The West had been at level four for only a few weeks when officials decided to raise it to level five, effective Thursday.
"It's driven by a couple of things: The number of large fires we have, and also the fires are occurring in several states and in several geographic areas," Randy Eardley, a spokesman for the National Interagency Fire Center here, told The Associated Press. "The resources we have are being stretched thin."
Sixty-eight large wildfires are burning in 12 states across the American west, reports CBS News correspondent Stephan Kaufman.
The wildfire preparedness level was raised to five as dry lightning blasted and sparked dozens of new blazes in Idaho, Nevada, Oregon and Utah, where firefighters have been stretched thin. National Guard units also could be mobilized under new level.
Since Monday, there have been more than 1,000 new fires reported across the West, Eardley said.
He said dry, windy conditions, thunderstorms and temperatures reaching above 100 degrees were forecast to continue across most of the West through next week.
A new wildfire that started Wednesday evening at the Idaho National Laboratory swept across about 1½ square miles — or 1,000 acres — of sagebrush and grassland at the federal nuclear research area in southeast Idaho. Its cause was not immediately known, laboratory spokesman John Epperson said.
Crews set a backfire to keep the blaze from jumping a nearby highway. The nearest laboratory facility is the Materials and Fuels Complex, about five miles northeast of the edge of the fire and on the other side of the highway.
Ethan Huffman, another laboratory spokesman, said the wildfire posed no danger to the complex, which is used for research into nuclear fuel development and is surrounded by sand buffers.
But a Gem County resident admitted to CBS affiliate KBCI he was worried.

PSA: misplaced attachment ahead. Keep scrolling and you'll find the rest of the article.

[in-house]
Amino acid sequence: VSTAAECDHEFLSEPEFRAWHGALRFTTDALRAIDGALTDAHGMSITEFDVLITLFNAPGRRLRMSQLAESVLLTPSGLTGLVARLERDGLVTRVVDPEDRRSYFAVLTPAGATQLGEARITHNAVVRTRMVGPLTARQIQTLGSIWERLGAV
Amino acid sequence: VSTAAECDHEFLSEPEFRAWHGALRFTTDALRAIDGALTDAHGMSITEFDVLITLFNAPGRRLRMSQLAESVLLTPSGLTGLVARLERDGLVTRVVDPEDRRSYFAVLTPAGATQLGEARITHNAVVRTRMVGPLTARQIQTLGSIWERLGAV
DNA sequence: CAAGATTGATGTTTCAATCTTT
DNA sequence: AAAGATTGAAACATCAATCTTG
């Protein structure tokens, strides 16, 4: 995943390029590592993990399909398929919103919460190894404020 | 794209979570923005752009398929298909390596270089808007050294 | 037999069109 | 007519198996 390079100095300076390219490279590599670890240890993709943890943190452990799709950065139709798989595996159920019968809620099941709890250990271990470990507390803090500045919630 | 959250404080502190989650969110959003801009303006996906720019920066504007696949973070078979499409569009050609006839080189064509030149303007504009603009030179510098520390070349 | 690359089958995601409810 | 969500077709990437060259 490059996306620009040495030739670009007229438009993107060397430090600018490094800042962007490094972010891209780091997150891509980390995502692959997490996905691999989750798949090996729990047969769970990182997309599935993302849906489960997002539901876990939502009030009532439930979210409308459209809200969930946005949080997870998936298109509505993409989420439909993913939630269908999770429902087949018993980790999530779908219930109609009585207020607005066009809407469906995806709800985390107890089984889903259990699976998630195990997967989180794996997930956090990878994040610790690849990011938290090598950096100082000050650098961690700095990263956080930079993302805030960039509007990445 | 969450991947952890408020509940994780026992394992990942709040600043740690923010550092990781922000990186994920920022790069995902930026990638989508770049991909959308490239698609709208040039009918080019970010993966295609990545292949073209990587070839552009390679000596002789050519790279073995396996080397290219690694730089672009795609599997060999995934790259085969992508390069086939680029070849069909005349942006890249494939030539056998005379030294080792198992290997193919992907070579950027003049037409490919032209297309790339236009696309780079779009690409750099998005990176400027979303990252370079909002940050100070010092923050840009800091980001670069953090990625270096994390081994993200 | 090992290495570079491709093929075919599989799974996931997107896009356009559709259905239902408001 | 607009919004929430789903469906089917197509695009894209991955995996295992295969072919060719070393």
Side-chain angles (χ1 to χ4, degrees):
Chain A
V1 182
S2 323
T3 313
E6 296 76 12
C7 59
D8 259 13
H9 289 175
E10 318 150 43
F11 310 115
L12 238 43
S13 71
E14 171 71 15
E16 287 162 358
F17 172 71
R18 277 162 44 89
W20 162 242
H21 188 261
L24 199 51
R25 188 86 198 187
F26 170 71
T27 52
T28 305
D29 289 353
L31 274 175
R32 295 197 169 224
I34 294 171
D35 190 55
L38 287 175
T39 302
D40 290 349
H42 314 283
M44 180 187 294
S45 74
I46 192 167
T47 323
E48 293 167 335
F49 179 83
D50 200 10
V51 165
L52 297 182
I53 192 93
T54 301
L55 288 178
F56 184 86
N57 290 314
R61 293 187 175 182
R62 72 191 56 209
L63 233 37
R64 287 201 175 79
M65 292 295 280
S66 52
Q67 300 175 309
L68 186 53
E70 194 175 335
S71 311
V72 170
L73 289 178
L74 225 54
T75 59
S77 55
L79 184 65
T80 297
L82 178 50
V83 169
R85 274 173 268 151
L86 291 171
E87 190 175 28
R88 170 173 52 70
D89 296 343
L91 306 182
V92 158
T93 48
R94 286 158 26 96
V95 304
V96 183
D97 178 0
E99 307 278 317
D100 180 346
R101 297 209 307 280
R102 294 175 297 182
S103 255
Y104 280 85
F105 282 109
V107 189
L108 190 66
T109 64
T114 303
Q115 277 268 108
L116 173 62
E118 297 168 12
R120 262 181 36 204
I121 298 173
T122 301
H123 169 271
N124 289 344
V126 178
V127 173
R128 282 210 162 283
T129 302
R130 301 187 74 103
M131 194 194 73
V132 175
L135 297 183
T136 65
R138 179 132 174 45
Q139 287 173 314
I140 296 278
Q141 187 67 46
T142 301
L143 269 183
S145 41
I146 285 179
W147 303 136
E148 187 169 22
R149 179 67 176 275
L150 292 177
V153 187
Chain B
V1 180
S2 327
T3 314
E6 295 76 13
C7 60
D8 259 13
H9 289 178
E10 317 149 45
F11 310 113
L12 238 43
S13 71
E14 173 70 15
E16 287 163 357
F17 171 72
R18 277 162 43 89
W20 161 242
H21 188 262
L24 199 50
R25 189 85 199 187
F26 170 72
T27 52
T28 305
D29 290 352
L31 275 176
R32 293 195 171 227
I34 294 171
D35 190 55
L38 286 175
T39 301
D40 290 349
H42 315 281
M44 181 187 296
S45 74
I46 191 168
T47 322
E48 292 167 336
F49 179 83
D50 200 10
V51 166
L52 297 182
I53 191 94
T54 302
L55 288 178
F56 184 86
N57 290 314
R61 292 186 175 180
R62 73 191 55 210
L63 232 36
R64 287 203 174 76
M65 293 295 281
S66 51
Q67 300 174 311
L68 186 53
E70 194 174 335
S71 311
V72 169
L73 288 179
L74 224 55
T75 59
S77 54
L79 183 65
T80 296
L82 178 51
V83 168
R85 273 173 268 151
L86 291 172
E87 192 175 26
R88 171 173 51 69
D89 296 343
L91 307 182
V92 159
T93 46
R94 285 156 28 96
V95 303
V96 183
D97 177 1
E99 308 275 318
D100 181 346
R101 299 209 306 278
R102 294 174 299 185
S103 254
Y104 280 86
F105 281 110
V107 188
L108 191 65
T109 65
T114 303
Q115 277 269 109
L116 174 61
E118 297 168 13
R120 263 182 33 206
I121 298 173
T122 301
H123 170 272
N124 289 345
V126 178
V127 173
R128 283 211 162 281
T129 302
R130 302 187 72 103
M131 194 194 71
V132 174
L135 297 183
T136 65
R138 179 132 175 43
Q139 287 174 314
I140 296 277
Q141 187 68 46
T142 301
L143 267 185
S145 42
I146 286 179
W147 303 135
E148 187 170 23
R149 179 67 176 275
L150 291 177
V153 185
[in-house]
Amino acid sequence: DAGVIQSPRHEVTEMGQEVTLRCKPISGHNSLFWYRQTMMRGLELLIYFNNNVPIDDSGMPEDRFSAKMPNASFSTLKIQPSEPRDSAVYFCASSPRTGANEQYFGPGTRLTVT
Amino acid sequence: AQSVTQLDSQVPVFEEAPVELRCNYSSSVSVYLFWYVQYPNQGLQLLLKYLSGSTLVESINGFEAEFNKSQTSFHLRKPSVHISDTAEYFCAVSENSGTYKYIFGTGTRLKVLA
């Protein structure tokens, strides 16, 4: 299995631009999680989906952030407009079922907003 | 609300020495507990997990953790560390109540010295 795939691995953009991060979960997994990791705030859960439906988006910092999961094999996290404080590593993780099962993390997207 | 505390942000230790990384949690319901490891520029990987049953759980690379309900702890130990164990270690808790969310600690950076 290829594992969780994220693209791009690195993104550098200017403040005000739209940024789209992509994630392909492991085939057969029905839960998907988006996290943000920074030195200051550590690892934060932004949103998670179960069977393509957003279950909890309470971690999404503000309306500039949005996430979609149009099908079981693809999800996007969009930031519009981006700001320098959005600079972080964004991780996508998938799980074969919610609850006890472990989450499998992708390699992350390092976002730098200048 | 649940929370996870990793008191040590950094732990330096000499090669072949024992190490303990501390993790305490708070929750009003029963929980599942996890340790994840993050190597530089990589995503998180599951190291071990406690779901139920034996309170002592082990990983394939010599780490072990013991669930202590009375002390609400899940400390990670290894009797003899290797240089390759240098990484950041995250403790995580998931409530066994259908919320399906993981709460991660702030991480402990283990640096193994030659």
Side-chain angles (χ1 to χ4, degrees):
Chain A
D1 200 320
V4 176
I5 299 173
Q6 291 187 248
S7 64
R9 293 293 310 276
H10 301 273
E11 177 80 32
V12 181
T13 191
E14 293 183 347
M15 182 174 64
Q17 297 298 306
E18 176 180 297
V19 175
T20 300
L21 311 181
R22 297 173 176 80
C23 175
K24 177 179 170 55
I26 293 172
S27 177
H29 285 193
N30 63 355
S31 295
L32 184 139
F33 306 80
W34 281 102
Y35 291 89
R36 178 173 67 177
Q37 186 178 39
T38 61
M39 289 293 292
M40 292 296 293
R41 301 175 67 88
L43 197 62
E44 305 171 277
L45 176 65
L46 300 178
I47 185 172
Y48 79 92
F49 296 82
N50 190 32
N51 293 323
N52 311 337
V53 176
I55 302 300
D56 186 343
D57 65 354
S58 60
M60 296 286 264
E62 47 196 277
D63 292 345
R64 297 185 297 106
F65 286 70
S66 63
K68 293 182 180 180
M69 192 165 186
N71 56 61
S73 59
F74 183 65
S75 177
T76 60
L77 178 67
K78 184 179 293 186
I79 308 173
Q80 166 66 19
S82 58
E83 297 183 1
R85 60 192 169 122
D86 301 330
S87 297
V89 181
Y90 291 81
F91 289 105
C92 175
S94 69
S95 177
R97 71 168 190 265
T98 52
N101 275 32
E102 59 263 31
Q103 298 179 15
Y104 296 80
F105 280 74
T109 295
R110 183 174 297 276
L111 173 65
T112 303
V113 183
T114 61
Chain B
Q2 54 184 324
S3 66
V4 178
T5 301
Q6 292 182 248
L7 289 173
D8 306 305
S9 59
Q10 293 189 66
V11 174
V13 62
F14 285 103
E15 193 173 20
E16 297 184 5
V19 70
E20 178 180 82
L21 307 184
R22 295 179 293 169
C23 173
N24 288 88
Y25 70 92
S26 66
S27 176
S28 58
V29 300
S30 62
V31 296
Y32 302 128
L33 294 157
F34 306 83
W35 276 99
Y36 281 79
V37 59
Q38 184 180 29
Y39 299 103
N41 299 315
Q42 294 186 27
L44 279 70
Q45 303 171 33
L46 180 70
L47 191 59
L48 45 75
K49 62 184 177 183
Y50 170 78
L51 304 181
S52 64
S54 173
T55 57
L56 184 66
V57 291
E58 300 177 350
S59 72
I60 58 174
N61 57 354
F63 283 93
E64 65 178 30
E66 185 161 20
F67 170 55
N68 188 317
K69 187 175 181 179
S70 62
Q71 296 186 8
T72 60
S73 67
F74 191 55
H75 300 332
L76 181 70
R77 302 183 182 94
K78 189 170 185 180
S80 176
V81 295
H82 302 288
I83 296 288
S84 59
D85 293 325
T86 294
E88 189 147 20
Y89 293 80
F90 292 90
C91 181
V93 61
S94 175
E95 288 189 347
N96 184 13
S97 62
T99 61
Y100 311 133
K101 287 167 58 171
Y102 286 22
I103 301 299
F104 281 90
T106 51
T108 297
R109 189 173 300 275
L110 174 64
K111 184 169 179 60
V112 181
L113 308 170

"A little antsy, yeah a little nervous," he said. "It could jump the river and I've heard they do that sometimes and there is a lot of wood and stuff on this side, a lot of trees and things that probably would go if it started, but we're going to pray that it just stays where it's at."
In Nevada, crews Wednesday battled more than two dozen fires burning across nearly 200 square miles of rangeland and timber in the northern part of the state. One threatened hundreds of homes on the edge of Reno.
The largest wildfire in Oregon, near Burns in the southeast portion of the state, had grown to more than 200 square miles and was threatening a handful of homes, officials said.
And in Utah, two new large fires were reported, in addition to three already burning on about 640 square miles of grass, sage and timber. It was so dry there that some Utah communities banned traditional July 24 fireworks that members of the Church of Jesus Christ of Latter-day Saints normally shoot off to celebrate the 1847 arrival of Mormon pioneers in the Salt Lake valley.
In Southern California, authorities warned winds could push the state's biggest blaze, dubbed the Zaca fire, toward about 50 rural homes scattered in Los Padres National Forest in the interior of Santa Barbara County.
The fire was about four miles from the Peachtree Canyon community, which remained under an evacuation order, officials said.
"This is a dangerous fire that is capable of advancing several miles in a matter of hours," U.S. Forest Service supervisor Ken Heffner said.
In Northern California, overnight drizzle helped firefighters battling flames that threatened more than 300 homes in and around Happy Camp in the Klamath National Forest near the Oregon border.
"We didn't get enough rain to stop the fire, but we got enough to slow it from spreading," U.S. Forest Service spokeswoman Jodi Marron said.
A firefighting pilot was rescued after his small air tanker crashed in northern Nevada while he battled one of the dozens of wildfires tormenting the West, officials said Wednesday.
The AT-802A single-engine tanker was fighting a blaze south of Winnemucca when it went down Tuesday evening, said Jamie Thompson, spokesman for the U.S. Bureau of Land Management. The rescued pilot was pulled from the wreckage by firefighters, treated at a hospital and later released, he said.
"Other than being pretty well soaked with slurry and aviation fuel, he was OK," Thompson said. "They cleaned him up and sent him home."
Officials said the plane was under contract from Minuteman Aerial Applications out of Montana. An investigation team was expected to determine the cause of the crash, Thompson said.